Scientists are baffled by a recent phenomenon occuring in the oceans around the world, particularly in North Pacific Oceans. Humpback whales have been observed working in pairs to save various prey of orca whales including, sea lions, harbor seals, and grey whales. Is this an altruisitic behavior or is something deeper happening? Could the humpbacks have complex emotional processes such as what is seen in primates causing them to act with sentimental instinct? Then we must also consider the fact that humpback calves themselves are prey to the orca whale, and the Humpacks’ are acting under some internal instinctual parental behavior.
The number of recorded incidents of humpback whale interference with orca predation was recorded in a recent article by Robert L. Pitman published in July 2016. There was a documented 115 interactions between orcas and humpbacks collected between 1951-2012 . Overall in the 115 interactions 95% of them were with killer whales (orcas) attacking mammalian species. Of the mammalian species orcas attacked 95% of the cases were also prey to the humpback whales. Humpback could be exhibiting scavenging behavior, similar to interactions between hyennas and lions.The humpback’s could simply be trying to “catch a meal”, but the theory of altruism was introduced due to a radical behavior logged in the report of Pitman’s study.
In some instances, the study described a humpback whale putting a sea lion on its belly and using its flipper to keep them on their body until the pair reach a new icebarge for the sea lion to escape. Why would the whale bring them to safety if they wanted to catch a meal? The prey is now safetly on land away from their origional orca predator. Investigation of this interaction indicates that prey could not reciprocate any form of fitness to the humpback whales. So, this may be altruism or the whales must be gaining some kind of benefit from disrupting the foraging of orcas from another source.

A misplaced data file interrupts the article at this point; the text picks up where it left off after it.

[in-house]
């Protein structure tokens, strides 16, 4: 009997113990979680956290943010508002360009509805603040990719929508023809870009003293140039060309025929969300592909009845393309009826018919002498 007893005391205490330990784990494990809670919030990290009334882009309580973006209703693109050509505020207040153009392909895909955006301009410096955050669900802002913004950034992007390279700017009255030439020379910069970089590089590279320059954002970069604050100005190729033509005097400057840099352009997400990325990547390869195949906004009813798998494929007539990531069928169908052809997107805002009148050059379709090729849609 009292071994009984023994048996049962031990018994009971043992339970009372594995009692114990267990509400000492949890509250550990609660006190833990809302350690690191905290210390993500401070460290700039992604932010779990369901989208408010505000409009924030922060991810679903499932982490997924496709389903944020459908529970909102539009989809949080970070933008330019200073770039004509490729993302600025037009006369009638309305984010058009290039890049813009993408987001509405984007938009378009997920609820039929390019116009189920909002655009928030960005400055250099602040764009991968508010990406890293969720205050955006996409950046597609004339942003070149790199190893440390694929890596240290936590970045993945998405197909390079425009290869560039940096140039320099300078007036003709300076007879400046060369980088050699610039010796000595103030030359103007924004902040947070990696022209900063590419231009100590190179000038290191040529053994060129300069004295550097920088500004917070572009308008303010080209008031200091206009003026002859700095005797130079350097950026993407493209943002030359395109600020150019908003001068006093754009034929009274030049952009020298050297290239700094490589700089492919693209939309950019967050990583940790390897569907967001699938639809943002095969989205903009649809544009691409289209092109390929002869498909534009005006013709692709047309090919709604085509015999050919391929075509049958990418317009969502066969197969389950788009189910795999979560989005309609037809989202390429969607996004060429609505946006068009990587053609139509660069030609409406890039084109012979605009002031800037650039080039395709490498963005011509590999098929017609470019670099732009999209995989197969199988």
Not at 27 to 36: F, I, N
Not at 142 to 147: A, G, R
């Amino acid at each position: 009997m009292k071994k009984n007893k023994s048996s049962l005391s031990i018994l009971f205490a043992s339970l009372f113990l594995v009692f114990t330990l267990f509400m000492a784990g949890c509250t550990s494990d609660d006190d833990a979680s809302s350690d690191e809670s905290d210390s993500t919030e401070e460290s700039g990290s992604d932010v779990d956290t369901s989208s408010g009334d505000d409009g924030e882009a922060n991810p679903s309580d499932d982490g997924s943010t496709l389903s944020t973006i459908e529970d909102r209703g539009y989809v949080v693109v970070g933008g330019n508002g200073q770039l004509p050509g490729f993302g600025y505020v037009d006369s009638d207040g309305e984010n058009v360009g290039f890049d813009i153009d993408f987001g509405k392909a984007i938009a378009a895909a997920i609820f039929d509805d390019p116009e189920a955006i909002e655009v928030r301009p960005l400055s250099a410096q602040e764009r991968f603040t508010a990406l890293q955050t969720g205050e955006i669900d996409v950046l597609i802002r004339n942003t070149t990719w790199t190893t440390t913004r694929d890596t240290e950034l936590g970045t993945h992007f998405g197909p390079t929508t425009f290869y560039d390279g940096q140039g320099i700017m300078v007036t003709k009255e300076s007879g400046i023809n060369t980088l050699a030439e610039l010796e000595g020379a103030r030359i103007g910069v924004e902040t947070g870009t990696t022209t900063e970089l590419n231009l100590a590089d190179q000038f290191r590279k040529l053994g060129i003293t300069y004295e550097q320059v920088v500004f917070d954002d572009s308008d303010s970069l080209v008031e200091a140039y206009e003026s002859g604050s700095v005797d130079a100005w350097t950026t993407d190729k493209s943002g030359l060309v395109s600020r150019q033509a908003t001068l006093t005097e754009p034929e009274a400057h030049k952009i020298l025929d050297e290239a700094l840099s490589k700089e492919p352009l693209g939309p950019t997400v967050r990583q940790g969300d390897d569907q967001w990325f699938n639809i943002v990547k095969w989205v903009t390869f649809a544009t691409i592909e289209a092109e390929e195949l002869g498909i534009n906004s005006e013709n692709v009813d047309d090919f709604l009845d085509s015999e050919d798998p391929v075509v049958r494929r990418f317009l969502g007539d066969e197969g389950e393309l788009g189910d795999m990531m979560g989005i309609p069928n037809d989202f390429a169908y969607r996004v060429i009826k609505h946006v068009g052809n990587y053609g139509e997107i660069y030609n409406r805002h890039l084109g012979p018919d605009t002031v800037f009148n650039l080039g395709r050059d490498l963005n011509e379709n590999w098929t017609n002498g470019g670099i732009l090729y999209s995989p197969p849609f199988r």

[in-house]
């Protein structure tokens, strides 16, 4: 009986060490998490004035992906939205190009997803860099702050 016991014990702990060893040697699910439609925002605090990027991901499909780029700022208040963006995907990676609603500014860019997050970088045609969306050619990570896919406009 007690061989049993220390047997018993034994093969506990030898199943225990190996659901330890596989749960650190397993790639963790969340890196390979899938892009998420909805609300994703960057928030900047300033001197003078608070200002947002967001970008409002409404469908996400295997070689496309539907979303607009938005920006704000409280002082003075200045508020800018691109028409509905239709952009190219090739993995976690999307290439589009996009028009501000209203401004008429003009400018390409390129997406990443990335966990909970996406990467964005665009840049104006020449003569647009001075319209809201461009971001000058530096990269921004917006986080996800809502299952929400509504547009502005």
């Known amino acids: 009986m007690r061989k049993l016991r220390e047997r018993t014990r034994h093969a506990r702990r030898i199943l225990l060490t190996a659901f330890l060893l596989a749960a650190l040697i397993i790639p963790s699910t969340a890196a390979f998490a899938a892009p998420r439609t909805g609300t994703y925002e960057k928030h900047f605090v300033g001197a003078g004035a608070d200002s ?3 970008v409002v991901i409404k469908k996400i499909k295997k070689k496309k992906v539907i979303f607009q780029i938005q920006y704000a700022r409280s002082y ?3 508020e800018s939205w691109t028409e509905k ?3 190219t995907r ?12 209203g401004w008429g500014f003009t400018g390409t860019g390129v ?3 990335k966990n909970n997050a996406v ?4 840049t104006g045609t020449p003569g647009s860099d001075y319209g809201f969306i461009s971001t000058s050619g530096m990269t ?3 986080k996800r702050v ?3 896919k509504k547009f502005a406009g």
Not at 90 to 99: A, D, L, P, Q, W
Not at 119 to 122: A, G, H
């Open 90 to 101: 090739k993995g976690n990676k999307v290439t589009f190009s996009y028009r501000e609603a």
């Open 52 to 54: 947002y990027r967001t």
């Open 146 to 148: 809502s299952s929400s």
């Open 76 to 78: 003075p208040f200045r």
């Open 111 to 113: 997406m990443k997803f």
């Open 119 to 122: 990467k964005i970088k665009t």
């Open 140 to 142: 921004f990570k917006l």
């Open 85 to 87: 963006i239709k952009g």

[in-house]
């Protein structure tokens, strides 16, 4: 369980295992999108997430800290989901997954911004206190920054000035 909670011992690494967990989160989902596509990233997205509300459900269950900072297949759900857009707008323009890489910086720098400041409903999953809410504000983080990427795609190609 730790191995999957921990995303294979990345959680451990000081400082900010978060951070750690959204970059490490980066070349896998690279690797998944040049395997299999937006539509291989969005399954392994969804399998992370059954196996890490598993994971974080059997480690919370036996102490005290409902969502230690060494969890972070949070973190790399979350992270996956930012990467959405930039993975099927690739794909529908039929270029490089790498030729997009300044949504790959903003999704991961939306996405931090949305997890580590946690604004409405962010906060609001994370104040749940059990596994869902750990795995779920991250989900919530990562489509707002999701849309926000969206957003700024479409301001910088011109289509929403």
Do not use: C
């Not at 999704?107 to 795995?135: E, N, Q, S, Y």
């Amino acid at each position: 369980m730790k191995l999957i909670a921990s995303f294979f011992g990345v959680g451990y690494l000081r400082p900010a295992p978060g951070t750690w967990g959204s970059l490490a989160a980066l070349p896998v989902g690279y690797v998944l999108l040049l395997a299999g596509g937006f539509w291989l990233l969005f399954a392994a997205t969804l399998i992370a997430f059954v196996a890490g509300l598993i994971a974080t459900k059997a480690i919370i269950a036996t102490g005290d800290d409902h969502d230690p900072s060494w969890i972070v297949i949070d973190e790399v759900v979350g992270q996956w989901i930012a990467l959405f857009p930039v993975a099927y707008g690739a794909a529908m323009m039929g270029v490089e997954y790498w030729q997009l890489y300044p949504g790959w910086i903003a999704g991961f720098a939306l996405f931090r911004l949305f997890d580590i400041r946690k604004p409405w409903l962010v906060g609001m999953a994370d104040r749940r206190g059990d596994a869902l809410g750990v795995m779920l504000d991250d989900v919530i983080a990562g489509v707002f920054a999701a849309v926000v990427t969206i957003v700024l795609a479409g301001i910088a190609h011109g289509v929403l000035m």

The humpback whales could be displaying these actions in the evolution of parental care. Orca’s have been known to attack humpback whale calves for feeding upon. If the humpbacks prevent orcas from eating they could become weak and unable to attack their young. It could also cause the orcas to change feeding grounds, so the likelihood of an attack on a infant would decrease. The downfall to this theory of parental care is that orca whales only prey on humpback calves 11 percent of the time, and raises the question if that is sufficient reason to expose oneself to the costs of fighting an orca herd.
The complexity of animal behavior produces numerous hypothesis to why the humpback whales are displaying this response to orca attacks. Research is presently being conducted to explore the reasoning behind this behavior. Until further research is published the questions remains; is this altruism, parental care, territorialism, emotionally based, or a combination of these processes?